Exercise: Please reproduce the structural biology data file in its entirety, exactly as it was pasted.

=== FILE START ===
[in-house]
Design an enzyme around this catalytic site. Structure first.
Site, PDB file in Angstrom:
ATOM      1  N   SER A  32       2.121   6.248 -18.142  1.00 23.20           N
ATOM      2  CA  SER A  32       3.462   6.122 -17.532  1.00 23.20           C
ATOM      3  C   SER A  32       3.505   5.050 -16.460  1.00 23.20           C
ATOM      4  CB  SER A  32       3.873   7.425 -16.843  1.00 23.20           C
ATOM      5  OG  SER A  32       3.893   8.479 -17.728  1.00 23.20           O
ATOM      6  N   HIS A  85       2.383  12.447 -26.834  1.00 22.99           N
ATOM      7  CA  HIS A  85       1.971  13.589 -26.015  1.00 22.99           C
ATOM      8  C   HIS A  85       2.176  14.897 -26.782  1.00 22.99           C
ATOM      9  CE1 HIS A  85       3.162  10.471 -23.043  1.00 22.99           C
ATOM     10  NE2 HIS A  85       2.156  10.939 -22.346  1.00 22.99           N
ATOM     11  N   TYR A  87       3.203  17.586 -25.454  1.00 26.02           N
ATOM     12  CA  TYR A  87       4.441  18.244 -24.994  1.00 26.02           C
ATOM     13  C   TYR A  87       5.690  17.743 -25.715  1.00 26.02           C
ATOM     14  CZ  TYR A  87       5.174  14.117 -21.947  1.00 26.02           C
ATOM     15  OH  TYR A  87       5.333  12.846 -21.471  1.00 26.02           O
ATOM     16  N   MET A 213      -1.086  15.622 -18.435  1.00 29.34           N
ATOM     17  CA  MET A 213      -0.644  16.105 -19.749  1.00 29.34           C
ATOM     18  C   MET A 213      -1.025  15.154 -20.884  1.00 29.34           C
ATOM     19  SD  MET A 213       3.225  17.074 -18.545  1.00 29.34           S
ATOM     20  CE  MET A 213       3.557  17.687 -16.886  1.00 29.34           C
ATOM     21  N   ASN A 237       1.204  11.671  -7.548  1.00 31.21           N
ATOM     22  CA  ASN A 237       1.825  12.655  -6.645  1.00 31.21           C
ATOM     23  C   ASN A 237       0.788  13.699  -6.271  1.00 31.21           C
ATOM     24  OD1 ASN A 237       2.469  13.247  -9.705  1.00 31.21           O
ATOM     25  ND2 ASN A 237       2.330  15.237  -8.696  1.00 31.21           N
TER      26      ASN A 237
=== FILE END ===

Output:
[in-house]
Design an enzyme around this catalytic site. Structure first.
Site, PDB file in Angstrom:
ATOM      1  N   SER A  32       2.121   6.248 -18.142  1.00 23.20           N
ATOM      2  CA  SER A  32       3.462   6.122 -17.532  1.00 23.20           C
ATOM      3  C   SER A  32       3.505   5.050 -16.460  1.00 23.20           C
ATOM      4  CB  SER A  32       3.873   7.425 -16.843  1.00 23.20           C
ATOM      5  OG  SER A  32       3.893   8.479 -17.728  1.00 23.20           O
ATOM      6  N   HIS A  85       2.383  12.447 -26.834  1.00 22.99           N
ATOM      7  CA  HIS A  85       1.971  13.589 -26.015  1.00 22.99           C
ATOM      8  C   HIS A  85       2.176  14.897 -26.782  1.00 22.99           C
ATOM      9  CE1 HIS A  85       3.162  10.471 -23.043  1.00 22.99           C
ATOM     10  NE2 HIS A  85       2.156  10.939 -22.346  1.00 22.99           N
ATOM     11  N   TYR A  87       3.203  17.586 -25.454  1.00 26.02           N
ATOM     12  CA  TYR A  87       4.441  18.244 -24.994  1.00 26.02           C
ATOM     13  C   TYR A  87       5.690  17.743 -25.715  1.00 26.02           C
ATOM     14  CZ  TYR A  87       5.174  14.117 -21.947  1.00 26.02           C
ATOM     15  OH  TYR A  87       5.333  12.846 -21.471  1.00 26.02           O
ATOM     16  N   MET A 213      -1.086  15.622 -18.435  1.00 29.34           N
ATOM     17  CA  MET A 213      -0.644  16.105 -19.749  1.00 29.34           C
ATOM     18  C   MET A 213      -1.025  15.154 -20.884  1.00 29.34           C
ATOM     19  SD  MET A 213       3.225  17.074 -18.545  1.00 29.34           S
ATOM     20  CE  MET A 213       3.557  17.687 -16.886  1.00 29.34           C
ATOM     21  N   ASN A 237       1.204  11.671  -7.548  1.00 31.21           N
ATOM     22  CA  ASN A 237       1.825  12.655  -6.645  1.00 31.21           C
ATOM     23  C   ASN A 237       0.788  13.699  -6.271  1.00 31.21           C
ATOM     24  OD1 ASN A 237       2.469  13.247  -9.705  1.00 31.21           O
ATOM     25  ND2 ASN A 237       2.330  15.237  -8.696  1.00 31.21           N
TER      26      ASN A 237